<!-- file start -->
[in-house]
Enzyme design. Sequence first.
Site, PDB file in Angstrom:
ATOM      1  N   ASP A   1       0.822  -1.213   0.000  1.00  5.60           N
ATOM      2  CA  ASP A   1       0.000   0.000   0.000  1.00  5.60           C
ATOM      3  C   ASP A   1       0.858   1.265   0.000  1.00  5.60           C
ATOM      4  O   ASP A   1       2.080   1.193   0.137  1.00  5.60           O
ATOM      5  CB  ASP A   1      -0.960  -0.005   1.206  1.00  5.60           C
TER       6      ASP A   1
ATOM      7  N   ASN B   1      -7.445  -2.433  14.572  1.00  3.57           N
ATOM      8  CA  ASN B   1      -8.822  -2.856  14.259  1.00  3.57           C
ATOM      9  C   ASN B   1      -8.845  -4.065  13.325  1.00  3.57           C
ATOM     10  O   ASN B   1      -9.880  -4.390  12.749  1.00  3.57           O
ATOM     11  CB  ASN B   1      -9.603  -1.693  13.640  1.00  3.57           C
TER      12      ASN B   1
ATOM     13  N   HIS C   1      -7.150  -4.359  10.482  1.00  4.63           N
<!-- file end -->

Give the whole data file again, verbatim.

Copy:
[in-house]
Enzyme design. Sequence first.
Site, PDB file in Angstrom:
ATOM      1  N   ASP A   1       0.822  -1.213   0.000  1.00  5.60           N
ATOM      2  CA  ASP A   1       0.000   0.000   0.000  1.00  5.60           C
ATOM      3  C   ASP A   1       0.858   1.265   0.000  1.00  5.60           C
ATOM      4  O   ASP A   1       2.080   1.193   0.137  1.00  5.60           O
ATOM      5  CB  ASP A   1      -0.960  -0.005   1.206  1.00  5.60           C
TER       6      ASP A   1
ATOM      7  N   ASN B   1      -7.445  -2.433  14.572  1.00  3.57           N
ATOM      8  CA  ASN B   1      -8.822  -2.856  14.259  1.00  3.57           C
ATOM      9  C   ASN B   1      -8.845  -4.065  13.325  1.00  3.57           C
ATOM     10  O   ASN B   1      -9.880  -4.390  12.749  1.00  3.57           O
ATOM     11  CB  ASN B   1      -9.603  -1.693  13.640  1.00  3.57           C
TER      12      ASN B   1
ATOM     13  N   HIS C   1      -7.150  -4.359  10.482  1.00  4.63           N